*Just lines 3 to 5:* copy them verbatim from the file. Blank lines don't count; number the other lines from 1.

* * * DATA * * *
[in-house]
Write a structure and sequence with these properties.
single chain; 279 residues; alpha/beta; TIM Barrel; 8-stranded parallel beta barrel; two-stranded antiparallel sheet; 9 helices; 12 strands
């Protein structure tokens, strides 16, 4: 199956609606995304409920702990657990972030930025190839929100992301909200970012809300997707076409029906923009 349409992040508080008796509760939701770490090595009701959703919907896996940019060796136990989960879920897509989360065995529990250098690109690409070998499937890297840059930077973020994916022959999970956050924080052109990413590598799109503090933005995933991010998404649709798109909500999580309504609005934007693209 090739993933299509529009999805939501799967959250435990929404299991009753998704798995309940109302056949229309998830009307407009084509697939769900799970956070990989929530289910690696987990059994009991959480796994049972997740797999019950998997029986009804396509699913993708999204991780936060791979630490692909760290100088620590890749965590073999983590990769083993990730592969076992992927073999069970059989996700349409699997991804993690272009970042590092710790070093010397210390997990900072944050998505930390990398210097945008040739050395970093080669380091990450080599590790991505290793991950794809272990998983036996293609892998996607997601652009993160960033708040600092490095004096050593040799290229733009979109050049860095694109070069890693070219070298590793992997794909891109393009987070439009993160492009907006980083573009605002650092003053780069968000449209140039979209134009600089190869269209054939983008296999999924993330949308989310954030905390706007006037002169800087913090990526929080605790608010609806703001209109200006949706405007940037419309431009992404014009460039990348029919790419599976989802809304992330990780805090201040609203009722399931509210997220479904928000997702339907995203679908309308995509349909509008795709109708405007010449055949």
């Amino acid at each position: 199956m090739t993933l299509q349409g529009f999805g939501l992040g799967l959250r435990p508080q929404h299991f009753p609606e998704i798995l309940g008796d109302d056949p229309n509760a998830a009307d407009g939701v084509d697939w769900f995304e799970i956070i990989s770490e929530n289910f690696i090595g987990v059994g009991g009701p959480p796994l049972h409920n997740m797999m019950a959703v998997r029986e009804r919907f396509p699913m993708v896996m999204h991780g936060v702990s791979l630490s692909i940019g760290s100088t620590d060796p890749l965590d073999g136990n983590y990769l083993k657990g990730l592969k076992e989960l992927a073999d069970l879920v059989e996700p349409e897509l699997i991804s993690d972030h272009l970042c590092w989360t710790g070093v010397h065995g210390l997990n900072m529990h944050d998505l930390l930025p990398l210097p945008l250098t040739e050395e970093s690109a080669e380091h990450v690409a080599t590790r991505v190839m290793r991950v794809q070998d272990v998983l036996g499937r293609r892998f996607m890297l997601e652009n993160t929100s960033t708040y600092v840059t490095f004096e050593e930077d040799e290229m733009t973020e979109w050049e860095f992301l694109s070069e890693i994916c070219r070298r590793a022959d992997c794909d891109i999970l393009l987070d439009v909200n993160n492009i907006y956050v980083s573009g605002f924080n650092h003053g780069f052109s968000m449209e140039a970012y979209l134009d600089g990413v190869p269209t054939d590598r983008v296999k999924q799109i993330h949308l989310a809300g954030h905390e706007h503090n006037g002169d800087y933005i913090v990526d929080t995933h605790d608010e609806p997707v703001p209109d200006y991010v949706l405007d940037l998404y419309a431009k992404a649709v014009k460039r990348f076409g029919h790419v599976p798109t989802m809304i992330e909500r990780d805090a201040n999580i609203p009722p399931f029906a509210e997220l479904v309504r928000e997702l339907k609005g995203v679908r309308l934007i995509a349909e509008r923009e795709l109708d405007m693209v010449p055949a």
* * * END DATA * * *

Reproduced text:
single chain; 279 residues; alpha/beta; TIM Barrel; 8-stranded parallel beta barrel; two-stranded antiparallel sheet; 9 helices; 12 strands
């Protein structure tokens, strides 16, 4: 199956609606995304409920702990657990972030930025190839929100992301909200970012809300997707076409029906923009 349409992040508080008796509760939701770490090595009701959703919907896996940019060796136990989960879920897509989360065995529990250098690109690409070998499937890297840059930077973020994916022959999970956050924080052109990413590598799109503090933005995933991010998404649709798109909500999580309504609005934007693209 090739993933299509529009999805939501799967959250435990929404299991009753998704798995309940109302056949229309998830009307407009084509697939769900799970956070990989929530289910690696987990059994009991959480796994049972997740797999019950998997029986009804396509699913993708999204991780936060791979630490692909760290100088620590890749965590073999983590990769083993990730592969076992992927073999069970059989996700349409699997991804993690272009970042590092710790070093010397210390997990900072944050998505930390990398210097945008040739050395970093080669380091990450080599590790991505290793991950794809272990998983036996293609892998996607997601652009993160960033708040600092490095004096050593040799290229733009979109050049860095694109070069890693070219070298590793992997794909891109393009987070439009993160492009907006980083573009605002650092003053780069968000449209140039979209134009600089190869269209054939983008296999999924993330949308989310954030905390706007006037002169800087913090990526929080605790608010609806703001209109200006949706405007940037419309431009992404014009460039990348029919790419599976989802809304992330990780805090201040609203009722399931509210997220479904928000997702339907995203679908309308995509349909509008795709109708405007010449055949």
């Amino acid at each position: 199956m090739t993933l299509q349409g529009f999805g939501l992040g799967l959250r435990p508080q929404h299991f009753p609606e998704i798995l309940g008796d109302d056949p229309n509760a998830a009307d407009g939701v084509d697939w769900f995304e799970i956070i990989s770490e929530n289910f690696i090595g987990v059994g009991g009701p959480p796994l049972h409920n997740m797999m019950a959703v998997r029986e009804r919907f396509p699913m993708v896996m999204h991780g936060v702990s791979l630490s692909i940019g760290s100088t620590d060796p890749l965590d073999g136990n983590y990769l083993k657990g990730l592969k076992e989960l992927a073999d069970l879920v059989e996700p349409e897509l699997i991804s993690d972030h272009l970042c590092w989360t710790g070093v010397h065995g210390l997990n900072m529990h944050d998505l930390l930025p990398l210097p945008l250098t040739e050395e970093s690109a080669e380091h990450v690409a080599t590790r991505v190839m290793r991950v794809q070998d272990v998983l036996g499937r293609r892998f996607m890297l997601e652009n993160t929100s960033t708040y600092v840059t490095f004096e050593e930077d040799e290229m733009t973020e979109w050049e860095f992301l694109s070069e890693i994916c070219r070298r590793a022959d992997c794909d891109i999970l393009l987070d439009v909200n993160n492009i907006y956050v980083s573009g605002f924080n650092h003053g780069f052109s968000m449209e140039a970012y979209l134009d600089g990413v190869p269209t054939d590598r983008v296999k999924q799109i993330h949308l989310a809300g954030h905390e706007h503090n006037g002169d800087y933005i913090v990526d929080t995933h605790d608010e609806p997707v703001p209109d200006y991010v949706l405007d940037l998404y419309a431009k992404a649709v014009k460039r990348f076409g029919h790419v599976p798109t989802m809304i992330e909500r990780d805090a201040n999580i609203p009722p399931f029906a509210e997220l479904v309504r928000e997702l339907k609005g995203v679908r309308l934007i995509a349909e509008r923009e795709l109708d405007m693209v010449p055949a």